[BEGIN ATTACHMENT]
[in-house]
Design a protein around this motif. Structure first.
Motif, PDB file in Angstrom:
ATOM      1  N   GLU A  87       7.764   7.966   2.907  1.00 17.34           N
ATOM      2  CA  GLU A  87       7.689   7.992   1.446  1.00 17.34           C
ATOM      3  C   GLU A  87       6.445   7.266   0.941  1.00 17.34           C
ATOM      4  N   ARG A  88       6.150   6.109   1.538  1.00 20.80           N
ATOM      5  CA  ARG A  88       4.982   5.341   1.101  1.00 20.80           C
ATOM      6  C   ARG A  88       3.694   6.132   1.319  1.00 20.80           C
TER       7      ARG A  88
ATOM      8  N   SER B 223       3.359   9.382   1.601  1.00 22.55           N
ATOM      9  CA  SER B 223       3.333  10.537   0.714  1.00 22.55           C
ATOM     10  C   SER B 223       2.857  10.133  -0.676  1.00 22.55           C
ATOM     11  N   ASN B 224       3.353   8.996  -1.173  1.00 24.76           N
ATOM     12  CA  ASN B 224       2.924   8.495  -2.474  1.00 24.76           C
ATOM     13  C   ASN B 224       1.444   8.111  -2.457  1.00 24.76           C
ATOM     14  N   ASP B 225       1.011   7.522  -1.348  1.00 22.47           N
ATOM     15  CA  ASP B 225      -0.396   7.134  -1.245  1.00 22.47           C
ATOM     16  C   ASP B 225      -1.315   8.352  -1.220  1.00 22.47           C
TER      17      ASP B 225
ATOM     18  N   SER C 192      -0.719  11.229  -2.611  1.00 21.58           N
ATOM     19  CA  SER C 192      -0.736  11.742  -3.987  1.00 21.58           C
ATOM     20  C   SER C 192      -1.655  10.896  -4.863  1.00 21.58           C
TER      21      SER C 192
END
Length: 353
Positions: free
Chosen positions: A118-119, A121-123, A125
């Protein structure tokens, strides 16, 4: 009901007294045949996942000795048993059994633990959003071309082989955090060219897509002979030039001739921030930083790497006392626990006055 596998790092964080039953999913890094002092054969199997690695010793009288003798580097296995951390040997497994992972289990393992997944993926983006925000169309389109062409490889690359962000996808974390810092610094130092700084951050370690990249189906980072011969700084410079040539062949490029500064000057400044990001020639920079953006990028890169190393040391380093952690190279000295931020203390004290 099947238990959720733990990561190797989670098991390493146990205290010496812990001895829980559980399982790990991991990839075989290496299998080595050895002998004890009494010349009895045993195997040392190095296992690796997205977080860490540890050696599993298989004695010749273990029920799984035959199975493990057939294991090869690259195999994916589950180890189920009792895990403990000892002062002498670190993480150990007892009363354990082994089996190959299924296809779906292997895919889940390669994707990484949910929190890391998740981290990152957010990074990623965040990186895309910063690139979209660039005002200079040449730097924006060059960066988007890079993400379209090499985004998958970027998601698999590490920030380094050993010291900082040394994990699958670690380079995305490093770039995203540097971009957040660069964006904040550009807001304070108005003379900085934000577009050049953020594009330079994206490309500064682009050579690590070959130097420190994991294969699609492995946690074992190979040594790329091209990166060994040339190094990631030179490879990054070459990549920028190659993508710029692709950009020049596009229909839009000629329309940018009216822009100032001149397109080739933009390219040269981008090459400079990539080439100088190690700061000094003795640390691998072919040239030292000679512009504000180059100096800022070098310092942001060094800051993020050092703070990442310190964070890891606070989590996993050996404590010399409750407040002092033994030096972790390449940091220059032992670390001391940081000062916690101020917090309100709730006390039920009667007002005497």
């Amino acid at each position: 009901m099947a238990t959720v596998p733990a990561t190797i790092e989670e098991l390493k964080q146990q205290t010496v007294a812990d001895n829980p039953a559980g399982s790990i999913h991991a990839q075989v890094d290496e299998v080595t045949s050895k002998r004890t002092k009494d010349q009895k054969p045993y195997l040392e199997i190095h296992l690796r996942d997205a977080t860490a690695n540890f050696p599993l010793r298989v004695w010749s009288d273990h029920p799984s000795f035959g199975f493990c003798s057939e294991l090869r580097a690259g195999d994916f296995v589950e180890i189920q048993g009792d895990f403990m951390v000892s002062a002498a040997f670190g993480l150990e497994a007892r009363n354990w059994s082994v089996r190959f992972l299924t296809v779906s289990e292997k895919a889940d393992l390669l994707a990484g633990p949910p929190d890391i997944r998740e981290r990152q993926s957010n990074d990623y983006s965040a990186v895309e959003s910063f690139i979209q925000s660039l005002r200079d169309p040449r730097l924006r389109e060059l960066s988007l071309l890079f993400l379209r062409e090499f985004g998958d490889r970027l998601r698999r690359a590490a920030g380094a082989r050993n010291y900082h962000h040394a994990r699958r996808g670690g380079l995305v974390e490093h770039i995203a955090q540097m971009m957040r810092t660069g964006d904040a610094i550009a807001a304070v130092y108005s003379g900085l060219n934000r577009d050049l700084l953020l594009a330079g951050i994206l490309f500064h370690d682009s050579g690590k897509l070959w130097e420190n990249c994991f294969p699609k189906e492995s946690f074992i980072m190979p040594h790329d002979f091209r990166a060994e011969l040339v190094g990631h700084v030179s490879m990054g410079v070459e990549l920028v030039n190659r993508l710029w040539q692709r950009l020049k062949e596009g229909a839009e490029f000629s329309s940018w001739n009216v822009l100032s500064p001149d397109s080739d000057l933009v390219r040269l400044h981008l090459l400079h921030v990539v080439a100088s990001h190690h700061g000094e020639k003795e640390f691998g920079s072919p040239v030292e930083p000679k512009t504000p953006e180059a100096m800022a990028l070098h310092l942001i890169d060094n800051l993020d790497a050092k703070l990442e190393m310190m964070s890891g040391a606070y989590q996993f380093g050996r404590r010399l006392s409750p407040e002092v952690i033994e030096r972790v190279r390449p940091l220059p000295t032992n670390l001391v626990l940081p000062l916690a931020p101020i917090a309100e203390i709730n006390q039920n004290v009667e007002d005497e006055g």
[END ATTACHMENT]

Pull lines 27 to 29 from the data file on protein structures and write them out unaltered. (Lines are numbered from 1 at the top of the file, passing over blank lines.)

Positions: free
Chosen positions: A118-119, A121-123, A125
């Protein structure tokens, strides 16, 4: 009901007294045949996942000795048993059994633990959003071309082989955090060219897509002979030039001739921030930083790497006392626990006055 596998790092964080039953999913890094002092054969199997690695010793009288003798580097296995951390040997497994992972289990393992997944993926983006925000169309389109062409490889690359962000996808974390810092610094130092700084951050370690990249189906980072011969700084410079040539062949490029500064000057400044990001020639920079953006990028890169190393040391380093952690190279000295931020203390004290 099947238990959720733990990561190797989670098991390493146990205290010496812990001895829980559980399982790990991991990839075989290496299998080595050895002998004890009494010349009895045993195997040392190095296992690796997205977080860490540890050696599993298989004695010749273990029920799984035959199975493990057939294991090869690259195999994916589950180890189920009792895990403990000892002062002498670190993480150990007892009363354990082994089996190959299924296809779906292997895919889940390669994707990484949910929190890391998740981290990152957010990074990623965040990186895309910063690139979209660039005002200079040449730097924006060059960066988007890079993400379209090499985004998958970027998601698999590490920030380094050993010291900082040394994990699958670690380079995305490093770039995203540097971009957040660069964006904040550009807001304070108005003379900085934000577009050049953020594009330079994206490309500064682009050579690590070959130097420190994991294969699609492995946690074992190979040594790329091209990166060994040339190094990631030179490879990054070459990549920028190659993508710029692709950009020049596009229909839009000629329309940018009216822009100032001149397109080739933009390219040269981008090459400079990539080439100088190690700061000094003795640390691998072919040239030292000679512009504000180059100096800022070098310092942001060094800051993020050092703070990442310190964070890891606070989590996993050996404590010399409750407040002092033994030096972790390449940091220059032992670390001391940081000062916690101020917090309100709730006390039920009667007002005497």